Monday, June 9, 2008
By Elise Nakhnikian
Nobody plays slightly cynical sincerity better than John Cusack. But just because he does wry self-awareness so well doesn’t mean he can handle any kind of comedy. And judging by War, Inc., he should stay away from satire.
Cusack has called this antiwar farce a kind of unofficial sequel to Grosse Pointe Blank. There are certainly plenty of similarities between the two black comedies, starting with the fact that Cusack shares the writing credit (High Fidelity is the only other movie he cowrote.) In both, Cusack plays a mercenary who has lost his taste for killing but is too depressed to stop – until falling in love jars him out of his funk. But Blank is a tangy little sweet tart of a movie, an offbeat tale of redemption and love, while War, Inc. is one of those movies whose gears you hear loudly grinding away as it tries to do too many things, doing none of them well.
War, Inc. takes place in the fictional country of Turaqistan – or what’s left of it. Tamerlane, a fictional conglomerate that has made the US government into a mere corporate “subdivision,” has nearly pulverized the place, waging “the first war ever to be 100 percent outsourced to private enterprise.”
Brand Hauser (a dead-eyed Cusack), who works for the corporation, has been sent to dispatch a local politician. His cover is to pose as the director of a huge trade show, Brand USA, that’s being staged in Turaqistan’s capital to sell the locals on the American way.
It’s a ripe subject for satire, and I was rooting for Cusack to nail it, but the timing is off in this tone-deaf story. Cusack told one interviewer that his inspirations included Dr. Strangelove and the Marx Brothers. Films like this remind us how delicate a balance of anarchy, outrage, and pure silliness is needed to make an antiwar masterpiece like Strangelove or Duck Soup.
A bit in War, Inc. involving a chorus line of amputees, for instance, feels more creepy than funny, thanks to the heavy-handed narration that accompanies it, a chirpy paen to the wonders of the corporation whose bombs blew off the limbs and whose prosthetics replaced them. And another clever concept, the glorified screening room where journalists “experience” the war every morning by watching videos accompanied by Disney-like special effects, soon degenerates into slapstick as one particularly gung-ho participant gets way too far into her daily dose of virtual reality.
The filmmakers don’t seem to trust their audience to get anything unless they write it out in caps and underline it. Signs and other set dressing that might be funny if they were left in the background for us to discover in passing are hauled out front and center, the action stopping while the camera zooms in on them. And a nightmarish father-daughter dilemma that Soapdish managed to make painfully funny lacks all subtlety here, playing out as simply mawkish and icky.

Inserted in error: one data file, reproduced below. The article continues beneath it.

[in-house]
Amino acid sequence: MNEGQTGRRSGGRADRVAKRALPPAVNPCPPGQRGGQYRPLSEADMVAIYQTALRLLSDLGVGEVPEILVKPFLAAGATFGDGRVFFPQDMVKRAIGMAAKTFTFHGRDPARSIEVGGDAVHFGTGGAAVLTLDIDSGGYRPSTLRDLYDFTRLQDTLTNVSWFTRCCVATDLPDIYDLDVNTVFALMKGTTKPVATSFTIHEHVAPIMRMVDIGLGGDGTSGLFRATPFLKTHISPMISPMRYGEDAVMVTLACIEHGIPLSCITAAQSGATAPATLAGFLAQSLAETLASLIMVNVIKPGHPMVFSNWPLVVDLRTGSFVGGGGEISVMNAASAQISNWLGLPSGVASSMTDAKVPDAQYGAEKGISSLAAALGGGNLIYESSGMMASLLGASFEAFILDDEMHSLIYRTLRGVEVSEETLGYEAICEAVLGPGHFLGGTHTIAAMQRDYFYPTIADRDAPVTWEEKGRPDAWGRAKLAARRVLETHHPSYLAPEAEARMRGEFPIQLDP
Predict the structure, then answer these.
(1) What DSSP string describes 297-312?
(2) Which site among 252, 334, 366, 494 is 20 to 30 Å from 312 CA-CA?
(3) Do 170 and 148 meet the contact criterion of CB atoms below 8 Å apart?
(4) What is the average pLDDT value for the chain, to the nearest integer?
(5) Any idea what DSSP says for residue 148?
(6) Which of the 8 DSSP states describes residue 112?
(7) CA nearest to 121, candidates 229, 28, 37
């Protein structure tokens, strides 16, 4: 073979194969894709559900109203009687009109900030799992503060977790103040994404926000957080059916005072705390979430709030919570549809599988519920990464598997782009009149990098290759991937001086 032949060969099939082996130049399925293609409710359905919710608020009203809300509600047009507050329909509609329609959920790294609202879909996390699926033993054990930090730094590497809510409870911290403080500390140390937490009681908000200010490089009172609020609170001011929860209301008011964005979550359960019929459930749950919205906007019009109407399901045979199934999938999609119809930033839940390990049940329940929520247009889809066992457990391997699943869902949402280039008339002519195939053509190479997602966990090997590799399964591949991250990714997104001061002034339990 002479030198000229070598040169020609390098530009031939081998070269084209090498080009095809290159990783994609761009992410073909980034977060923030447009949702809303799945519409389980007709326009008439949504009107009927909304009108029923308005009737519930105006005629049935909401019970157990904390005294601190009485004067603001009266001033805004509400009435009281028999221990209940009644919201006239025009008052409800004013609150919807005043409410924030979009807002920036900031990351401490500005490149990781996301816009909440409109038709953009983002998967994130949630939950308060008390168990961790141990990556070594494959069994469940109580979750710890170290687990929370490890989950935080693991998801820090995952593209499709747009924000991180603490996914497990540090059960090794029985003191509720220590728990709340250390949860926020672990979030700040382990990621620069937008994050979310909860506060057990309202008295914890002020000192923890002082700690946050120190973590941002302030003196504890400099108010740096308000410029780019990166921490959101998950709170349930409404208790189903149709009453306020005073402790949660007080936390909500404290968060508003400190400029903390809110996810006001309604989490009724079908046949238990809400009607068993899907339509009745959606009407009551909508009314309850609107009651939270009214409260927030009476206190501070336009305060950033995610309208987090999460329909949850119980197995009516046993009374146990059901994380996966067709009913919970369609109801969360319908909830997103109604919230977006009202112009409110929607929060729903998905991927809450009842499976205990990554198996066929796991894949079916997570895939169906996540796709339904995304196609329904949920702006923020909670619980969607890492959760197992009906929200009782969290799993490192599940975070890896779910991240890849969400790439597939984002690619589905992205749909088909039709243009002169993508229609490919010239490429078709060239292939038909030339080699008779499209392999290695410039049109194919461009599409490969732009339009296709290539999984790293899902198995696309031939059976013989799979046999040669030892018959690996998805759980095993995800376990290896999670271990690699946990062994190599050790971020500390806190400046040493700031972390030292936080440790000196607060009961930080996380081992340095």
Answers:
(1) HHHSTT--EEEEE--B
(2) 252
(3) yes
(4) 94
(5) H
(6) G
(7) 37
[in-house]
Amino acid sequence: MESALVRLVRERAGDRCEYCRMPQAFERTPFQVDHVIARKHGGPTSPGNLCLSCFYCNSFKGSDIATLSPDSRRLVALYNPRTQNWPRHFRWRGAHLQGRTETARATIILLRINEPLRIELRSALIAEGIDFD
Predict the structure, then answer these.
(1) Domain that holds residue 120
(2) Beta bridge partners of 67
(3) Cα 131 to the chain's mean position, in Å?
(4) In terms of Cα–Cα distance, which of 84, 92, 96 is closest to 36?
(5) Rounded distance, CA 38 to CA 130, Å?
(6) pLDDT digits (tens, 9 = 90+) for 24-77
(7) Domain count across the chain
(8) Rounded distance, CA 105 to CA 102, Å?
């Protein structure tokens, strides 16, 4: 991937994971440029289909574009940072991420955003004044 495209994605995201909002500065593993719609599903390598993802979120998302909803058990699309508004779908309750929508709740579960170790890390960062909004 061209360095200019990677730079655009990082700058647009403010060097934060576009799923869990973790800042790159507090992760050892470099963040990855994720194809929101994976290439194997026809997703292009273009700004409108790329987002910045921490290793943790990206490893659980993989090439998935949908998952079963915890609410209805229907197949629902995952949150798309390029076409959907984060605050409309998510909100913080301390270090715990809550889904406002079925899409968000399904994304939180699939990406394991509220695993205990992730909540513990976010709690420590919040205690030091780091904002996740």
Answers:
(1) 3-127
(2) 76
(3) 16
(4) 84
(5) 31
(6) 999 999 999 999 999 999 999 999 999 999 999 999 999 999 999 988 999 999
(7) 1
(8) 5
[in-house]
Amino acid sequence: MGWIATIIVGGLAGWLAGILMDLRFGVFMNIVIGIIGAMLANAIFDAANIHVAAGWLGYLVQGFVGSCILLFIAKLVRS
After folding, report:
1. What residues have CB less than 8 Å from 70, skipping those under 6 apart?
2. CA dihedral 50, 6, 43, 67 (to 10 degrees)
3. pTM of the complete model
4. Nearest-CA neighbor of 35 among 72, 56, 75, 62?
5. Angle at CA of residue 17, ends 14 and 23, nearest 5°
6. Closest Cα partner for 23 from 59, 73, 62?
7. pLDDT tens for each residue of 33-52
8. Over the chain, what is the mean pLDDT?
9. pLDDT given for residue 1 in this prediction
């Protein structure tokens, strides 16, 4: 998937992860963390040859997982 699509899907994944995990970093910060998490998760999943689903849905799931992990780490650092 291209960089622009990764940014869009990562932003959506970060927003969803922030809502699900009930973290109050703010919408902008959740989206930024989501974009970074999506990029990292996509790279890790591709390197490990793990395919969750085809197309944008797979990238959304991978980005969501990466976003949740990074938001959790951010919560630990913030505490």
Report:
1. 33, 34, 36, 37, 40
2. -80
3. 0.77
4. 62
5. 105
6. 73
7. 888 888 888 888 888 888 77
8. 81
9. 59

The filmmakers also seem to lack faith that audiences would come out for an anti-war farce that wasn’t wrapped in yet another tale of a lost man who finds himself through love. That’s too bad, since the dissolute Hauser’s pursuit and conquest of Marisa Tomei’s Natalie, a hard-hitting and (self-)righteous journalist, is improbable and hackneyed.
The actors are badly directed, too. Ben Kingsley, who should have been able to play the heavy in his sleep, is laughably unthreatening with his badly faked Southern accent and his conveniently timed on-camera confession. Cusack’s sister Joan, one of her generation’s most gifted comediennes, seems to have been airlifted in from some alternate universe – and pumped full of amphetamines en route – to play his assistant, popping her eyes and straining her neck like a refugee from a minstrel show. Tomei is simply miscast as Natalie, though the real problem is in how the role was written.
Somebody’s wet dream of liberal-lefty investigative reporter, Natalie is a doe-eyed young thing so luscious and pure that men fall for her like dominoes. Lining up an interview? No problem. Just give the girl a stick to beat off all those would-be sources.
Hillary Duff comes off better than most of her elders, but even her shaded performance and innate likeability couldn’t get me to give a damn about her poor-little-rich-girl character, a grossly oversexed teenage pop princess named Yonica Babyyeah. Yes, even the names in War, Inc. try too hard.
After a while, the whole thing starts to feel like a spoof cooked up by a couple of talented middle school kids in their backyard. Even the story’s internal logic sometimes gets muddled. Dude! you want to ask. What happened to that cobra Hauser was milking when Yonica comes in his office? When Hauser’s pretending to be a customer at that Popeye’s that’s a front for his boss, why does he blow his cover by leaping over the counter after going through all the trouble of placing an order? And when he shoots those guys at a bar, why does everyone just ignore him while he walks out, as if nothing had happened?
Then again, never mind. I really don’t care.